the truth behind ibsen Essay

Submitted By sarahtodd1996
Words: 1579
Pages: 7

The Truth Behind Henrik Ibsen During the 19th century, prominently known playwright, Henrik Ibsen develops his own opinion of women throughout both well-known plays A Doll’s House and Hedda Gabler. When looking deeper into Ibsen’s work the reader is able to see that Ibsen was indeed an activist, advocating feminism. During a time period where there was so much emphasis on women doing the wrong thing and fighting the standards Ibsen develops a meaning or better understanding of why these women were fighting against society’s expectations.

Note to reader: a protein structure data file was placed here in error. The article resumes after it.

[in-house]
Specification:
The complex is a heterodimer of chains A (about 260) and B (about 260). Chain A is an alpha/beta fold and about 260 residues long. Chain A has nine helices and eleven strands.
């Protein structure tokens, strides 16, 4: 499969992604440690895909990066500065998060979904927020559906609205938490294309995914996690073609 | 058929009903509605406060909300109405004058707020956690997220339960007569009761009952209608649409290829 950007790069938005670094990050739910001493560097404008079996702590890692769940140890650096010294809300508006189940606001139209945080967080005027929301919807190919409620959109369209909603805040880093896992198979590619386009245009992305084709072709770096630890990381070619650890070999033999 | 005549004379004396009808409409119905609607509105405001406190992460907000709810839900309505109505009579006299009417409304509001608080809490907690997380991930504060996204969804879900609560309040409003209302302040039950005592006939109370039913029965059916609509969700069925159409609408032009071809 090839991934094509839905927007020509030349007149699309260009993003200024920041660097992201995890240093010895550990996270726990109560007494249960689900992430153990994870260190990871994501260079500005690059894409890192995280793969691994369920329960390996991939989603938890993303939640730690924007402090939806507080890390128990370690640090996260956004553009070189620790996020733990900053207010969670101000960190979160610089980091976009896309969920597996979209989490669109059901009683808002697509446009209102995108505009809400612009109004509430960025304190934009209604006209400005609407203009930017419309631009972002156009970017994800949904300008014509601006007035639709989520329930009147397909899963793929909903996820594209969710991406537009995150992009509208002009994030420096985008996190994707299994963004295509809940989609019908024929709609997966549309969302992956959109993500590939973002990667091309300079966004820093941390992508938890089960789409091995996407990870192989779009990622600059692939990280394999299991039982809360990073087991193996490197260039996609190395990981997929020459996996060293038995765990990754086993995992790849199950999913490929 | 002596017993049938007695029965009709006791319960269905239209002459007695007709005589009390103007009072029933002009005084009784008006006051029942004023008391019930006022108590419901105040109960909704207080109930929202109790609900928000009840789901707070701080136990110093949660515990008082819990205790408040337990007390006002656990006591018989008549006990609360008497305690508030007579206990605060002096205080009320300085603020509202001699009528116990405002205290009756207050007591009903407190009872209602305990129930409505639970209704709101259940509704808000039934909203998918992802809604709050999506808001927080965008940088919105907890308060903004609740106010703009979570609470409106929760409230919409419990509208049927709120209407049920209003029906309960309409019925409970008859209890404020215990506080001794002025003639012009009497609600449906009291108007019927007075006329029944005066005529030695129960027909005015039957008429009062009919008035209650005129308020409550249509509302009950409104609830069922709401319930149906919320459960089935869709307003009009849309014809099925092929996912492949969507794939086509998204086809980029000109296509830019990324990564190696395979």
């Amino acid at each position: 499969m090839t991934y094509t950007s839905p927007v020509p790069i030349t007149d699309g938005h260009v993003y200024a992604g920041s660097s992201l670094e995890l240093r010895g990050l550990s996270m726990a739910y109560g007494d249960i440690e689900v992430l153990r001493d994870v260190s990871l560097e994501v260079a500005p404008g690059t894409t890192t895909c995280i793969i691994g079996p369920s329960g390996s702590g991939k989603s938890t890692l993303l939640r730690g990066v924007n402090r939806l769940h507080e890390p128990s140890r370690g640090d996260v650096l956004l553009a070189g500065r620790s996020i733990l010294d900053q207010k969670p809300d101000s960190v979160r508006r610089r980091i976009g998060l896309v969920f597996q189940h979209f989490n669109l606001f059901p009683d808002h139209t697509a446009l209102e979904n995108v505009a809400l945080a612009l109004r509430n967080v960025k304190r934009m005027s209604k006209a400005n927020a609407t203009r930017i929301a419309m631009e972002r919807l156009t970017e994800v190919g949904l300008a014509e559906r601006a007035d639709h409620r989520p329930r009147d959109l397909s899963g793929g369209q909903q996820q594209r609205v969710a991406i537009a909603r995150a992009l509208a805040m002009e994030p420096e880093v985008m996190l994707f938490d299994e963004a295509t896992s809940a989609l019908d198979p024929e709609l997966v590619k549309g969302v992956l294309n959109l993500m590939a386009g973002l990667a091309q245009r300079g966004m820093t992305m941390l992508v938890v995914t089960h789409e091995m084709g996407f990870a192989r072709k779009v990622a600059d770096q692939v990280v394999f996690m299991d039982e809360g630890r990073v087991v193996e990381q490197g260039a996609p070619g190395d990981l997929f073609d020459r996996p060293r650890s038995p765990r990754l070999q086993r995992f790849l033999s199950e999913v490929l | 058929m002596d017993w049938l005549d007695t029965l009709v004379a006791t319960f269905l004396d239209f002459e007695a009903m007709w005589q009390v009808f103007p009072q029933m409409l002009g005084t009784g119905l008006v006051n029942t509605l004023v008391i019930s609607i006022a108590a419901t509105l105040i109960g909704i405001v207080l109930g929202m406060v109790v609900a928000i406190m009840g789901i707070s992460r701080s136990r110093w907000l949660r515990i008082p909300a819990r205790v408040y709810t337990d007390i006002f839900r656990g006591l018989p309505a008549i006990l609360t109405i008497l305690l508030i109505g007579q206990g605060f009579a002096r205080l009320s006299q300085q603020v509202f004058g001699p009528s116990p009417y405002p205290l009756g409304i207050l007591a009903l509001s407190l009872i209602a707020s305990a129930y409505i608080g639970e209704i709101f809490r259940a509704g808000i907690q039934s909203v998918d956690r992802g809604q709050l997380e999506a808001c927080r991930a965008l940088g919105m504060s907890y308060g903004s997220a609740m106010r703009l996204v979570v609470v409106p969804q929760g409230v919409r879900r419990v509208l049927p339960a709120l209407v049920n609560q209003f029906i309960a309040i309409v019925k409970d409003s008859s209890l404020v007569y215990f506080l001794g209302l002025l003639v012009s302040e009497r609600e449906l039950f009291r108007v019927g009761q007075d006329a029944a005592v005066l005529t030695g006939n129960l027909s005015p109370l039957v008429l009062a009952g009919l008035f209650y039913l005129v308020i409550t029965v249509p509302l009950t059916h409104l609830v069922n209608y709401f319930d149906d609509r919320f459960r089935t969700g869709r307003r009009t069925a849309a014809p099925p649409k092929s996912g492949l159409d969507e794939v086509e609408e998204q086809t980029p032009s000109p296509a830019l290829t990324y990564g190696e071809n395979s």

Throughout both plays Ibsen demonstrates the attitudes and roles of women in the middle class. In correlation to both A Doll’s House and Hedda Gabler, Ibsen also expresses his own opinion. Through textual evidence the reader is able to see Ibsen’s true character, that he is indeed a women’s activist, advocating feminism. He recognizes the fact that women were victims in many situations caused by the men they surrounded themselves around and made his writing a personal documentary expressing his own feelings. After reading A Doll’s House and Hedda Gabler by Henrik Ibsen, it became much more apparent of how women were living in the 19th century. Women were forced under demanding social expectations to be the perfect women. This included being a mother, wife, and servant all at the same time while carrying the attitude of a classy woman. With all of these social pressures many women began to crack. While running away from the pressure was one way of coping with the stress, many other women fought the standards. Some women even began to write about their own beliefs. Catharine Beecher was one of the many, who said “women even in our own age and country, has never been allowed such equal advantages and that multiplied wrongs and suffering have resulted from this injustice” (Beecher). The bravery that some women had was not uncommon of the 19th century. They believed in getting jobs and becoming independent by supporting themselves and not conforming to society’s expectations. Throughout both plays Ibsen demonstrates the attitudes and roles of women in the middle class. In correlation to both A Doll’s House and Hedda Gabler, Ibsen also expresses his own opinion. Through textual evidence the reader is able to see Ibsen’s true character, that he is indeed a women’s activist, advocating feminism. He recognizes the fact that women were victims in many situations caused by the men they surrounded themselves around and made his writing a personal documentary expressing his own feelings. While Ibsen was trying to show the outside world what was going on in society, many other authors were starting to develop the ideologies of realism and expressing their own feelings towards a subject, but unlike Ibsen many male writers were not discussing women’s rights. Before the reader is able to fully understands the thoughts behind Ibsen’s work, they he must first come to terms with how everyone was living during that time period. With a progression in technology and labor, many changes were occurring. Women’s roles were meant to steady all this uncertainty, but women could not help but see opportunities for themselves in this growth. “The emerging woman ... will be strong-minded, strong-hearted, strong-souled, and strong-bodied...strength and beauty must go together” (Alcott). Louisa Alcott, like many others believed that women were “emerging” and great change was in the making. Jobs opened up in factories, retail establishments and offices, giving independent women new options. Education became mandatory for both genders in many states. Women sought higher education, too, first in all female institutions and then in co-ed environments. In addition to job and educational changes, the push for women’s rights, with suffrage in the forefront, also gathered momentum. Regardless of these changes, many women still stayed at home. All of these tremendous happenings had a great influence on writers during the…